The clock is suddenly ticking for the U.S. Department of the Interior to defend its classification of the polar bear as "threatened," rather than the more protective "endangered" classification. The "threatened" designation dates back to the George W. Bush administration, but in response to a series of lawsuits concerning the polar bear, U.S. District of Columbia District Judge Emmet Sullivan said this week that the government needs to review that decision, because it was not based on a proper reading of the Endangered Species Act.
In his decision, Judge Sullivan said that the agency was wrong to conclude that a species had to be in imminent danger of extinction in order to qualify as an endangered species. He said that the Endangered Species Act was ambiguous as to whether a species had to be on the brink of extinction in order to be considered endangered. He did not rule on the merits. [Wall Street Journal]
If the bears were moved to "endangered," that switch could bring with it a wave of legal wrangling about how to protect them. Under the current rule, federal regulators can't set climate policy in order to protect the bears, even though greenhouse gas emissions are responsible for the melting of their sea ice habitat.
The Obama administration upheld the Bush-era policy, declaring that the endangered species law can't be used to regulate greenhouse gases emitted by sources outside of polar bears' habitat. If the bears are found to be endangered, however, that could open the door to using the Endangered Species Act to regulate greenhouse gases. [Washington Post]
The Interior Department has until December 23 to respond. Up in the Arctic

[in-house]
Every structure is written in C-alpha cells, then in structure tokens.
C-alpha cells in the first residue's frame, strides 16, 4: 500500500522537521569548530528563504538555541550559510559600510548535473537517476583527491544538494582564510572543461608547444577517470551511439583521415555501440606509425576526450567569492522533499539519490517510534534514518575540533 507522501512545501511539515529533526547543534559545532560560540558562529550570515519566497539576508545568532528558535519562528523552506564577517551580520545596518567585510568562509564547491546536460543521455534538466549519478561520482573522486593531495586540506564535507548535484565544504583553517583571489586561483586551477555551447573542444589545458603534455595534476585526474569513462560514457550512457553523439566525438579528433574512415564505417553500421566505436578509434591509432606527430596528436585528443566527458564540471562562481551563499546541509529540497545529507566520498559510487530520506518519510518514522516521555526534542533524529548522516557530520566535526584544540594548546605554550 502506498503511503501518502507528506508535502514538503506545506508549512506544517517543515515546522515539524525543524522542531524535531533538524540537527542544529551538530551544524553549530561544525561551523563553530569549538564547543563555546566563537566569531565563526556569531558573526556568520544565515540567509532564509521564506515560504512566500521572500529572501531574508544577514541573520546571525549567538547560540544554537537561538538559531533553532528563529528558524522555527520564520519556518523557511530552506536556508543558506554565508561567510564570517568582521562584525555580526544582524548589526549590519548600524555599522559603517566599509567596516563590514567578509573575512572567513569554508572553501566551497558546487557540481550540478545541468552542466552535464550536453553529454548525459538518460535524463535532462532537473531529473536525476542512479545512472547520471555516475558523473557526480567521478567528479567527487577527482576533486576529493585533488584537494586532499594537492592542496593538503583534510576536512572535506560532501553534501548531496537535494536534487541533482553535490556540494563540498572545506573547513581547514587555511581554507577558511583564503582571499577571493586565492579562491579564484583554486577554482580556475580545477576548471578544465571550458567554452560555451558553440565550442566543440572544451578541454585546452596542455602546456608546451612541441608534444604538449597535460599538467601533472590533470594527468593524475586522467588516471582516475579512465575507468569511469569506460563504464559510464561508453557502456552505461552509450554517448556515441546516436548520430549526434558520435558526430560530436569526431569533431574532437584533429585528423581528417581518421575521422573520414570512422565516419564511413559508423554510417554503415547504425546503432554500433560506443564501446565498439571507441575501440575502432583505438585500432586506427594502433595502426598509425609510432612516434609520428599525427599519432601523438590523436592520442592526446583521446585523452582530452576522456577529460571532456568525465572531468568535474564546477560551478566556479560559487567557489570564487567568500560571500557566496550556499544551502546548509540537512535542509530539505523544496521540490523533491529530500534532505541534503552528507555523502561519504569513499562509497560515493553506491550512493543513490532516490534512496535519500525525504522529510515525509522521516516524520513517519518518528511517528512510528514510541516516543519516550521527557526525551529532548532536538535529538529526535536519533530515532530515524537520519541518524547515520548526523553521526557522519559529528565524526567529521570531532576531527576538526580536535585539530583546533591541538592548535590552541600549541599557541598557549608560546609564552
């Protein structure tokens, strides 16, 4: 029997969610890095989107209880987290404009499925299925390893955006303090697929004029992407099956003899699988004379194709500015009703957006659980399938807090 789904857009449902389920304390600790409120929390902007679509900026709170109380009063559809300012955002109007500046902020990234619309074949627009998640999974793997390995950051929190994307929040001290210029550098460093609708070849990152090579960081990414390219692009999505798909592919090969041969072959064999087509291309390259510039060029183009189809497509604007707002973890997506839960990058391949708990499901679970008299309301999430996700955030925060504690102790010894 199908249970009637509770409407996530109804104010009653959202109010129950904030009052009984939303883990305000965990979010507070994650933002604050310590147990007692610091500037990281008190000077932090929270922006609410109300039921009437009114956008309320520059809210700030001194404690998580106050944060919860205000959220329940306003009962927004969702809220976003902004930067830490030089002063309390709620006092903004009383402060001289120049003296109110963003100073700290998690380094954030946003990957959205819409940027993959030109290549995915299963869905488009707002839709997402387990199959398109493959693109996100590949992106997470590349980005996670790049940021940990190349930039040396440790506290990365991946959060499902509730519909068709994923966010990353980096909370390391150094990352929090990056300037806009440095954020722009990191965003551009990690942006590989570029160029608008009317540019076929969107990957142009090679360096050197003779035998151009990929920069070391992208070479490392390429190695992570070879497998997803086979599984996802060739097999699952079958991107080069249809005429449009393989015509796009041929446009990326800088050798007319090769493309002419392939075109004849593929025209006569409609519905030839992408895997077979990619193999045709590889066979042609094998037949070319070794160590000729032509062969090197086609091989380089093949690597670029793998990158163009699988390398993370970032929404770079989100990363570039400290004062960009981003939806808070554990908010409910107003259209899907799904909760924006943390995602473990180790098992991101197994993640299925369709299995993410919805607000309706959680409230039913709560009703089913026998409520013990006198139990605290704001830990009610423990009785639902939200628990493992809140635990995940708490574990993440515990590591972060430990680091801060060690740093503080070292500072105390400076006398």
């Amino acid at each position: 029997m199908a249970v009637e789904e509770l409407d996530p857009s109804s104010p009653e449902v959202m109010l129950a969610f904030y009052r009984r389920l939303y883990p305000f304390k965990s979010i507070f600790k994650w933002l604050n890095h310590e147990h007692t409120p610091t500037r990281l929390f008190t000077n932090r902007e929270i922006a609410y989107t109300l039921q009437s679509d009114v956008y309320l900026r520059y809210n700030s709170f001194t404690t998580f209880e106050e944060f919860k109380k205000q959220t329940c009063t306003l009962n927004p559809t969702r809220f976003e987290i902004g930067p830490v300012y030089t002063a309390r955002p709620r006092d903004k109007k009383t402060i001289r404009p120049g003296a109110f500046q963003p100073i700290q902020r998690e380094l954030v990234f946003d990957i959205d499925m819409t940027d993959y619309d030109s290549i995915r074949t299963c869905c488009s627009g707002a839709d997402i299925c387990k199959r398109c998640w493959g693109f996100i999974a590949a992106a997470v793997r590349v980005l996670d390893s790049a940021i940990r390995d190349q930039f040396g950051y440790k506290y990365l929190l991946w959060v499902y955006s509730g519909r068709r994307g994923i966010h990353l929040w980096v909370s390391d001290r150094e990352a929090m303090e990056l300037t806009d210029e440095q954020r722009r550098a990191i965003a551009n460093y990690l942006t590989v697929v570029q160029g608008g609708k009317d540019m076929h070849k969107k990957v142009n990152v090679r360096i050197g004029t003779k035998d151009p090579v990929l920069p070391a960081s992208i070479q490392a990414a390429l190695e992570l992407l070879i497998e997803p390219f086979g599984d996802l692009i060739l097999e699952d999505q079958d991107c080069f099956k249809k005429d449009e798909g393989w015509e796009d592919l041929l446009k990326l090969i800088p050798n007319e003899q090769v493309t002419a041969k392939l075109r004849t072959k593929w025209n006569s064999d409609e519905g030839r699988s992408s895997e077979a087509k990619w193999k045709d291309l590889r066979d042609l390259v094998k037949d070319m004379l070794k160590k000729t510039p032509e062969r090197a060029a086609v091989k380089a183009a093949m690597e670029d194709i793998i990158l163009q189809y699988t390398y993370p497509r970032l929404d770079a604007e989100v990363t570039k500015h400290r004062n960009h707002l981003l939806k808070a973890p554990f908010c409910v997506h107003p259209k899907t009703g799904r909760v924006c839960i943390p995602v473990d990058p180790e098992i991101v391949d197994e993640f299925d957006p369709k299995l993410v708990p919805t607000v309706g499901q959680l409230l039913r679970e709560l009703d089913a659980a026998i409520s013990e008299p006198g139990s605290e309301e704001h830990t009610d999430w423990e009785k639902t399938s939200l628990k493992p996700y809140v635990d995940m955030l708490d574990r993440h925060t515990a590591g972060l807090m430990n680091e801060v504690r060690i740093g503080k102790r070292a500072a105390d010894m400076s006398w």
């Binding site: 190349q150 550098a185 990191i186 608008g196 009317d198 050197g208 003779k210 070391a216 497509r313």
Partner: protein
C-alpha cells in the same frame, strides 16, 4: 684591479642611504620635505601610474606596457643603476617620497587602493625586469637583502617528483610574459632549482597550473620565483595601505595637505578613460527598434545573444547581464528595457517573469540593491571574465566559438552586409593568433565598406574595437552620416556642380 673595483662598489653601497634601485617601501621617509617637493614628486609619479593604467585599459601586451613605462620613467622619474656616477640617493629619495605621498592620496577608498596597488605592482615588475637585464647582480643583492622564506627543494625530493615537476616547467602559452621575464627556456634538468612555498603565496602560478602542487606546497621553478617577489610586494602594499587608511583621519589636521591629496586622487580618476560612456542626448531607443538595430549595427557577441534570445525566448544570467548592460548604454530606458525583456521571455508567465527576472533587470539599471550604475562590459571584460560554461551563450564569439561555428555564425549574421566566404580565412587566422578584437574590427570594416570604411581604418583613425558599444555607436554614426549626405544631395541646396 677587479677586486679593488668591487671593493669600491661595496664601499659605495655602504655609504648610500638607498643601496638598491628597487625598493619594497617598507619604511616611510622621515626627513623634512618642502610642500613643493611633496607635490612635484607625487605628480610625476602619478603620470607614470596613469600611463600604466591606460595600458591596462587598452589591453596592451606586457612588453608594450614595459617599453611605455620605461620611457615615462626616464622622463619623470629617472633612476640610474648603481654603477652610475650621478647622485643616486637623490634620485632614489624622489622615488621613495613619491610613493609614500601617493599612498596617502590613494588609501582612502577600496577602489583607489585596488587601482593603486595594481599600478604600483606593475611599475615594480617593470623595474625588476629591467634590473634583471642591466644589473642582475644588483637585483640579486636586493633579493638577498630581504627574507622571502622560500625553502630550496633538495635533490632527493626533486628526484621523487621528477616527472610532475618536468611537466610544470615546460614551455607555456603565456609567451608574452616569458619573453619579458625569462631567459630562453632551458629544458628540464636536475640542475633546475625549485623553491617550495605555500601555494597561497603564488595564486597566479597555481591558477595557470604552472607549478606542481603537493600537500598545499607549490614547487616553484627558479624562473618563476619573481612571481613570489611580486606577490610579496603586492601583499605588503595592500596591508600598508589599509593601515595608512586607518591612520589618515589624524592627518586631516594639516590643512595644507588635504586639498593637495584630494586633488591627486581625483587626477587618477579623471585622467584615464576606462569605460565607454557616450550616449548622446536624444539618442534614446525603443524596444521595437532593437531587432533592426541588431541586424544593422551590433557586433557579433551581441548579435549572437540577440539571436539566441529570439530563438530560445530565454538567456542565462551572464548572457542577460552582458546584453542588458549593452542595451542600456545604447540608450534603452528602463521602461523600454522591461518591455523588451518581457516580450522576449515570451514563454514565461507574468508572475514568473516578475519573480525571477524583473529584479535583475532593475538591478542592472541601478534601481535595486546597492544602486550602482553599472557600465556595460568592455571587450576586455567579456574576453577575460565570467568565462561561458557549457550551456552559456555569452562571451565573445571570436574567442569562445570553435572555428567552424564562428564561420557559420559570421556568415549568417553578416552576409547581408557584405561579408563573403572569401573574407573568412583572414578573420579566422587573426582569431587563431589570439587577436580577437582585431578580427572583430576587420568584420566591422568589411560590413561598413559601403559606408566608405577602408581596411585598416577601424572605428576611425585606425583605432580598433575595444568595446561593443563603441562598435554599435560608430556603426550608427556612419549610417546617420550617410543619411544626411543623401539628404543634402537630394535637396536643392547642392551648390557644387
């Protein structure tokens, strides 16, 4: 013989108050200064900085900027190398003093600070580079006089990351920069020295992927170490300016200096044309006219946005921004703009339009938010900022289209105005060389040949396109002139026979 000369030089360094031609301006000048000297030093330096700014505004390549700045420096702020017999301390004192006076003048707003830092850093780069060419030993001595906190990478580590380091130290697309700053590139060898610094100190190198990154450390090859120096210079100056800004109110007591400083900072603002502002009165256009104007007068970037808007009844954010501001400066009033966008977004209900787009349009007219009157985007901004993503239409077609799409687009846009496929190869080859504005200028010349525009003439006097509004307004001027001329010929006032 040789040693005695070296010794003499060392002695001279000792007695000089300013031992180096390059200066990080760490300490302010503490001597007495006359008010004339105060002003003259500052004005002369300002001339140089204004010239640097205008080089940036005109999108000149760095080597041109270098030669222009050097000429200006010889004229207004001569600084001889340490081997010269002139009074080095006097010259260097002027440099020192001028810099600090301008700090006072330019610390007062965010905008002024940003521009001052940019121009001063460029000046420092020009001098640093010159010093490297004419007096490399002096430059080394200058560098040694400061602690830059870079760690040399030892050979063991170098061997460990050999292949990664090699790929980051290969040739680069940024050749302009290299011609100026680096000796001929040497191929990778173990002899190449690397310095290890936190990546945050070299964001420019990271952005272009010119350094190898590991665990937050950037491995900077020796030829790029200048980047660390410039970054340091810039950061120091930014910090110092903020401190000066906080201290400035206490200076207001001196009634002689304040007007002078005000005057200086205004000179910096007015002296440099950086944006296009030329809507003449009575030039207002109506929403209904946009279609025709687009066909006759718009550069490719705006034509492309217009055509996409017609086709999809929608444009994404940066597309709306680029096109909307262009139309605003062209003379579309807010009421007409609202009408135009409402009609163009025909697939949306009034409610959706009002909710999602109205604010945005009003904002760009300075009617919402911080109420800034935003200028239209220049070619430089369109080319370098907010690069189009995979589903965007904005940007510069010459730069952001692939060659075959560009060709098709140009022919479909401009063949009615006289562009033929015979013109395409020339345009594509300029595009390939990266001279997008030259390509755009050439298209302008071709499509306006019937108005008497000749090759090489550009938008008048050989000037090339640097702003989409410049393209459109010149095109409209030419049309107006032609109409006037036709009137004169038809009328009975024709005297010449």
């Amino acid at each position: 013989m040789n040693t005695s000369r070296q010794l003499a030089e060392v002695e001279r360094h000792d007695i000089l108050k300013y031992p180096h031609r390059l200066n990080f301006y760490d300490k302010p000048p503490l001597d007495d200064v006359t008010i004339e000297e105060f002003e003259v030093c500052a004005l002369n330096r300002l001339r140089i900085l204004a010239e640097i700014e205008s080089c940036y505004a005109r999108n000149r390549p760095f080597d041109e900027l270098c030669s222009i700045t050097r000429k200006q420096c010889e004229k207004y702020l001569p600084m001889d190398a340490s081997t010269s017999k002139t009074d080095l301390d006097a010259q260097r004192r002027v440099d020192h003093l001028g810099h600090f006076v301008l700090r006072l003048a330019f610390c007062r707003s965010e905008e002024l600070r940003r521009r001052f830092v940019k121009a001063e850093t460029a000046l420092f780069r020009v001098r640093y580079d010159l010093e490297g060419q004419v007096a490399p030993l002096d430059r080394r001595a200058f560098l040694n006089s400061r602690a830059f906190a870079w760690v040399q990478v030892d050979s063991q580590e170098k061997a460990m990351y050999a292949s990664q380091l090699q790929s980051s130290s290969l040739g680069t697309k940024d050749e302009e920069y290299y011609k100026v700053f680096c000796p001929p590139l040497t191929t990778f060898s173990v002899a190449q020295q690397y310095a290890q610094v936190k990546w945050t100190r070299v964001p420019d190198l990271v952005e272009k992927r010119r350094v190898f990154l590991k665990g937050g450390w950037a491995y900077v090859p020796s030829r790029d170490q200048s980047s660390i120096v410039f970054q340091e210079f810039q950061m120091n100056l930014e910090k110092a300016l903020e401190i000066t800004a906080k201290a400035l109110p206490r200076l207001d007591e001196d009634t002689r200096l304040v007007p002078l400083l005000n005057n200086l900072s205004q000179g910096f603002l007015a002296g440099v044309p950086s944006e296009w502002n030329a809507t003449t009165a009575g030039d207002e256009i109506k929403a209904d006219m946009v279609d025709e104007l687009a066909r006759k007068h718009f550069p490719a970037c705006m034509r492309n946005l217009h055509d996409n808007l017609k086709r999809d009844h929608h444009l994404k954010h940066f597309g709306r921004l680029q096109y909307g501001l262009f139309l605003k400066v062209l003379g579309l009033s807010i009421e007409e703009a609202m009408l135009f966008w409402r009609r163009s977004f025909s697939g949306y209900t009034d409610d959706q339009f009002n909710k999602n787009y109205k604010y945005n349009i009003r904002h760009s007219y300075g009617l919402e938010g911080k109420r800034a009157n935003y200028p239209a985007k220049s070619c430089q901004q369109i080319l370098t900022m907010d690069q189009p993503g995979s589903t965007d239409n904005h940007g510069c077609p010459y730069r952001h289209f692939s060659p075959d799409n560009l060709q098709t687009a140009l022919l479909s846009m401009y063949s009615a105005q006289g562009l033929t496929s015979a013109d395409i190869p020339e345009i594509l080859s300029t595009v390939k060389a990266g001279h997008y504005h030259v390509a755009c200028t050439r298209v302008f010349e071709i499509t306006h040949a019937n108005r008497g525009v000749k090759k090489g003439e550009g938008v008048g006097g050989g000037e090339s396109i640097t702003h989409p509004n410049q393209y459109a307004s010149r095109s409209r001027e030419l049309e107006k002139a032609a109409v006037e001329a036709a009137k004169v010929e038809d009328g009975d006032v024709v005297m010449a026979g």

, there's a bit of good news for the bears—and their new prey. Increasingly, polar bears are beginning to rely on the eggs of snow geese
as a major foodstuff. But if the bears devour all the eggs and wipe out the geese, that wouldn't be such a great outcome for either one. Researchers who modeled the predator-prey relationship
, along with expected environmental change from global warming, write in the journal Oikos that the bears may indeed devour many of the eggs.
However, climate change will also cause increased variability from year to year, and as a result, there will be some years when there is no overlap at all -- either because the geese have fledged earlier, the bears have come ashore later, or both. Those periodic years of "mismatch" will, they conclude, enable snow goose numbers to rebound again. [Discovery News]
Polar bears aren't the only massive mammal trying to beat the heat of a warming world. Check out the new DISCOVER article on walruses
trying to adapt—and the adventures of the scientists who try to study them. Related Content: DISCOVER: Will the Walrus Withstand a Warmer World?